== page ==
Page 142 - Jewish Book Annual Volume 54

Basic HTML Version

write more books about the pivotal events that have impacted upon
the Jewish People during the twentieth century. Books on a more
intimate scale are about the difficulties of being a middle-of-the-
road Jew in a predominandy Christian country where the commer­
cialism and prevalence of Christmas is contagious, or being a Jew
in a small Gentile town. The threat to the community from anti-
Semitism prods Jewish authors to use it as a plot element. Coming-
of-age stories about the year preceding Bar or Bat Mitzvah are fre-
quendy explored themes which are sometimes linked with a paral­
lel theme, that of the special grandparent/grandchild relation­
ship—the grandparent being the transmitter of Jewish heritage,
rather than the parent. Jewish authors have also responded to an
inner need to write fiction that subdy demonstrates Jewish values
through the decision-making processes of the central characters.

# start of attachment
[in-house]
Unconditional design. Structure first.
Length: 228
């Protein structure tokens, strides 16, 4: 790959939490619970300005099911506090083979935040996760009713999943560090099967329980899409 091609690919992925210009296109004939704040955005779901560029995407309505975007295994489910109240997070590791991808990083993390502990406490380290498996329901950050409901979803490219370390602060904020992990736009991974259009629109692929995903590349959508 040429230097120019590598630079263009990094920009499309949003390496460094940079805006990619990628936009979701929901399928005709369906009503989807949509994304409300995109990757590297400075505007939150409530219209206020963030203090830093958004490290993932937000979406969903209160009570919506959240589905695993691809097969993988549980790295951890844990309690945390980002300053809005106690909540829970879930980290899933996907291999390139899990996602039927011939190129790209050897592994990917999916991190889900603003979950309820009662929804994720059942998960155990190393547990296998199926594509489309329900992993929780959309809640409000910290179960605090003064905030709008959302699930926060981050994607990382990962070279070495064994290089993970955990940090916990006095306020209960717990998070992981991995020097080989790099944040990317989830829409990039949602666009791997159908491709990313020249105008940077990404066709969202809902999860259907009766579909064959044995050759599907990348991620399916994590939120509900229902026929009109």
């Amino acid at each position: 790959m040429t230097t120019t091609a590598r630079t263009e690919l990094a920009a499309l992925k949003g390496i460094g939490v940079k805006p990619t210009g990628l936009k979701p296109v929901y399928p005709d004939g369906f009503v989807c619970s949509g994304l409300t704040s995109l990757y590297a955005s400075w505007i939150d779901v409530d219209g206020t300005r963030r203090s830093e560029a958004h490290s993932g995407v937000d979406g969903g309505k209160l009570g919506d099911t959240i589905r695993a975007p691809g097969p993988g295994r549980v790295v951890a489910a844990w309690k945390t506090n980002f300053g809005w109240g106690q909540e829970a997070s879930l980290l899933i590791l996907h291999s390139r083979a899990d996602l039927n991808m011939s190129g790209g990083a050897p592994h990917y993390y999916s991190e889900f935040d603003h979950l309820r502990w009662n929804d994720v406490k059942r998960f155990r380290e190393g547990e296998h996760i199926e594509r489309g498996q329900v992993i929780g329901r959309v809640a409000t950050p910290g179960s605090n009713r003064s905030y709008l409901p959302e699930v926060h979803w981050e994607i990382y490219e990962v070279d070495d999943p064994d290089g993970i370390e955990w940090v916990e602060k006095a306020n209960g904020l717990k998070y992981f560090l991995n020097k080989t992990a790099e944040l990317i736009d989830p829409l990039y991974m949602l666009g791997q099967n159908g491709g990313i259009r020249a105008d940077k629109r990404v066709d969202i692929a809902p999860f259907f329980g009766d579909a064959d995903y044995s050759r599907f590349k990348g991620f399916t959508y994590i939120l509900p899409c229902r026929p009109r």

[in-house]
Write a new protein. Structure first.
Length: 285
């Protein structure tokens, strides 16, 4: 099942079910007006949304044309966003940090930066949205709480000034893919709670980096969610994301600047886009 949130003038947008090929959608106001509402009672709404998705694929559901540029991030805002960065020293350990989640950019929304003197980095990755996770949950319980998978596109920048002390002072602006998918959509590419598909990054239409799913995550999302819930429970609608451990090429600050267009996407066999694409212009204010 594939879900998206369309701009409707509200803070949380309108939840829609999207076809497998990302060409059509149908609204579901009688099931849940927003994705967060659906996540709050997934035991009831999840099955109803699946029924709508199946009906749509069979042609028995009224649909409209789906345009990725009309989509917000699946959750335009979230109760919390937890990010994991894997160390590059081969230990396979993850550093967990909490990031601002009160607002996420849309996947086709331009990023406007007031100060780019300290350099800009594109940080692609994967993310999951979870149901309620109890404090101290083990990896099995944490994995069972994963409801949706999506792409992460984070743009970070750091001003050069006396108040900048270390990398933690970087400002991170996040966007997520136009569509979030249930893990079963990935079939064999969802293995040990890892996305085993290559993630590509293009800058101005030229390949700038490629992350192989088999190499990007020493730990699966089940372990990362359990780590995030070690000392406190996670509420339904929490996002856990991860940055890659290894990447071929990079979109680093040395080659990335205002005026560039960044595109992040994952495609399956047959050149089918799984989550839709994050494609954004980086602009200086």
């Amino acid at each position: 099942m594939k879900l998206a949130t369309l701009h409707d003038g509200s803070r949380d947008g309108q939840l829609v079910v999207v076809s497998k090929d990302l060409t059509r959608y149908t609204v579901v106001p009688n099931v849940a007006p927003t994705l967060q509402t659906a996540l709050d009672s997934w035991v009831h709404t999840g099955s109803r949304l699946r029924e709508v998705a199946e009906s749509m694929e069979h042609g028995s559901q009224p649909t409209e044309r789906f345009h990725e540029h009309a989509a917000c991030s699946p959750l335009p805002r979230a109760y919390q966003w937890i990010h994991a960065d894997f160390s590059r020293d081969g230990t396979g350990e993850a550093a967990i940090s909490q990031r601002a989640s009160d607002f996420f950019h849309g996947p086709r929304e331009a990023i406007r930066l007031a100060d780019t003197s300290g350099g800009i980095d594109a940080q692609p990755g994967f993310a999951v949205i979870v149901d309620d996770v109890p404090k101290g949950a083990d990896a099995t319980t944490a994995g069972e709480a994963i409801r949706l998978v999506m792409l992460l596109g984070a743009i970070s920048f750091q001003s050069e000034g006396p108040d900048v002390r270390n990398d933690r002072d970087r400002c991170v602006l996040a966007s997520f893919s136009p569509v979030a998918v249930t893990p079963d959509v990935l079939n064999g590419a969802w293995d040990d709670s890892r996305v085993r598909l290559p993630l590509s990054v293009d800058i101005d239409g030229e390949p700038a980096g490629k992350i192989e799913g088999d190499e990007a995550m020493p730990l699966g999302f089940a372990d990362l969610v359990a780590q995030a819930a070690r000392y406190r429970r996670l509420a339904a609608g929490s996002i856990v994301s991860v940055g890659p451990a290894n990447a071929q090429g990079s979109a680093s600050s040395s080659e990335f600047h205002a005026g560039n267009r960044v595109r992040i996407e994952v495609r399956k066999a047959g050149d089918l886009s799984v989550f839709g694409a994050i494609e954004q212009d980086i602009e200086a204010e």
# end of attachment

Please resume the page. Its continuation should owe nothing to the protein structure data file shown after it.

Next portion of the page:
Others write fiction that deal with the problem of marrying out;
and Rabbi Mindy Avra Portnoy wrote
Mommy Never Went to He­
brew School
(Kar-Ben, 1989) about a convert to Judaism. There are
few books that are consciously feminist, except for Kar-Ben’s
on the Bima; My Mommy is a Rabbi
, an earlier book by Portnoy
(1986), or Yaffa Ganz’s series on
Savta Simcha
, the Jewish wonder-
grandma (Feldheim). Even when they choose nostalgically to show
Grandma or Mommy in the kitchen, most Jewish children’s books
today have strong feminine characters because so many of their au­
thors are strong-minded, assertive Jewish women.
Trade publishers still publish twice as many Jewish children’s
books as both commercial and non-profit Jewish publishers. Of the
68 books published in 1990, approximately two-thirds were pub­
lished by trade publishers. In addition to long-time trade publish­
ers of Jewish children’s books, some interesting new names have
appeared in recent years, e.g., Batsford, Bedrick/Blackie, Dillon,
Discovery Enterprises (a music publisher that brought out a Le­
onard Bernstein biography), Kane/Miller (a publisher primarily of
translated books), and Volcano Press (a small feminist and regional
press in California that published the prize-winning children’s il­
lustrated book
by Esther Silverstein Blanc in 1989). Pren­
tice Hall, Scholastic, and Sterling, once mainly publishers of non­